With Thales’ TRANSCITY™, passengers need only one ticket for the full ride – no matter how many modes of transport they use
High-quality public transport is the lifeblood of cities. But how do you encourage more people to use it? And how can journeys be made easier – particularly ones that involve more than one mode of transport? Carlotta Lorin, Customer Engagement & Marketing Manager at Thales’ Revenue Collection Systems, explains how Thales’ TRANSCITY™ platform is helping to boost ridership and transform the passenger experience.
Can you tell us what TRANSCITY™ does?
Put simply, it’s our platform for processing ticketing transactions. TRANSCITY™ integrates different modes of mobility and different transport operators on the same digital platform. Revenue is automatically shared between operators, and passengers only need to carry a single media. It offers nearly limitless scalability – from a single city to an entire country. TRANSCITY™ is the foundation of card-centric and account-based fare collection systems, and it is a core component of Mobility as a Service or MaaS.
How does it help passengers?
A big stumbling block in a lot of cities and regions is that travellers need to buy different tickets for each mode of transport they use. For example, if your journey involves taking a bus, a metro train and a tram, you’ll need to buy three tickets. You also have to know how and where to pay. This is a huge inconvenience and it deters people from using public transport.
TRANSCITY™ solves this problem. Instead of having to buy different tickets for each mode of transport, you only need one. This can be a card – such as a classic contactless smart card or EMV bank card – or it can be a smartphone app. All of this makes life much easier for travellers. And best of all, it gives people the freedom to use all the modes of transport in the city – not just the ones they’re familiar with – without having to worry about buying lots of different tickets. You just take your card, you tap and you go.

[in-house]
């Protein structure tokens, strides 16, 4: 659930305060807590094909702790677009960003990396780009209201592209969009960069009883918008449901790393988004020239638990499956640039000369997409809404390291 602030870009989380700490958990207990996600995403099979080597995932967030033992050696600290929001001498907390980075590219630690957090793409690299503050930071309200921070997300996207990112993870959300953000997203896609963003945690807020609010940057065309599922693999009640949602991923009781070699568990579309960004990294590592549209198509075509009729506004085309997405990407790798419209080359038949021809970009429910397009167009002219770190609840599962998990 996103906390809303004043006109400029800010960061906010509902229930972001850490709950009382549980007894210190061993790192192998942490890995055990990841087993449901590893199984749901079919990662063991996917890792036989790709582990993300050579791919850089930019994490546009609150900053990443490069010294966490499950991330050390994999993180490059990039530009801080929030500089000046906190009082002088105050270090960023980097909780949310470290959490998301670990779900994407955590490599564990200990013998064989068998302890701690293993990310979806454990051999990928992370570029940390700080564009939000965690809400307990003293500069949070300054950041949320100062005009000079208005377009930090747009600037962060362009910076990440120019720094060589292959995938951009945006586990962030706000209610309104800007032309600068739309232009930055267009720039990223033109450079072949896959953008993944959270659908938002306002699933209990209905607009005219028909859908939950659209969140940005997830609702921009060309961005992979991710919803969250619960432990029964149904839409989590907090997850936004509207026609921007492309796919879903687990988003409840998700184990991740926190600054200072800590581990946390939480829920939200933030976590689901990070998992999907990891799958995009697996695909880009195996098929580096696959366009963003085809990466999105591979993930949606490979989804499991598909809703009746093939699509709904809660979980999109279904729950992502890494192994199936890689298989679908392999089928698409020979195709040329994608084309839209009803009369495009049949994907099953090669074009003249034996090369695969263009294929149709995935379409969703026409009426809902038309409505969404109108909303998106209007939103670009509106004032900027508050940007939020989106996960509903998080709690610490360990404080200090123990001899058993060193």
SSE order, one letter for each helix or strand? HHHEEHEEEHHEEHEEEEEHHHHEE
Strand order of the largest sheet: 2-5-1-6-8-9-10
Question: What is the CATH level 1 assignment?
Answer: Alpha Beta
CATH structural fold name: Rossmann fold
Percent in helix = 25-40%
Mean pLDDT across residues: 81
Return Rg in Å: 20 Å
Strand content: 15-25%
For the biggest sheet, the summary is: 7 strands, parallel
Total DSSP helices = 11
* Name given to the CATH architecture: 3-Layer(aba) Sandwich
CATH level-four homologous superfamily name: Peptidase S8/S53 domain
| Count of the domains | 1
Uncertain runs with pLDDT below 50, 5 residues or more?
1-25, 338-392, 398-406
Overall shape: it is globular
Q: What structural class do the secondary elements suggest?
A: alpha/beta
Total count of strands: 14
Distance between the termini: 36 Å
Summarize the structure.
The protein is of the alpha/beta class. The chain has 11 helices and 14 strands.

What does this mean from the operator’s point of view?
One of the most important features of TRANSCITY™ is that it enables clearing and settlement – in other words, it makes sure that fare revenue is split accurately between all the different transport operators, no matter how complex the mobility ecosystem is or how many operators there are. Revenue splitting rules can be customised easily using the TRANSCITY™ platform. Payment for operators is quick – settlement can be set to take place once a day.
How do you build a mobility ecosystem?
In practical terms, building a mobility ecosystem starts by bringing together operators and stakeholders to agree a common set of rules for revenue apportionment. This can be complex, so we support customers with workshops to explain the best ways to manage everything. As an example, we were recently in discussions with a customer about making the transition to account-based ticketing or ABT. So as well as providing technology, we play an advisory role. This is a differentiator for Thales – we helped to create the world’s first nationwide multimodal ticketing programmes and we have worked with operators to build mobility ecosystems in every global region – in Europe, Asia Pacific, the Middle East, Africa, and the Americas.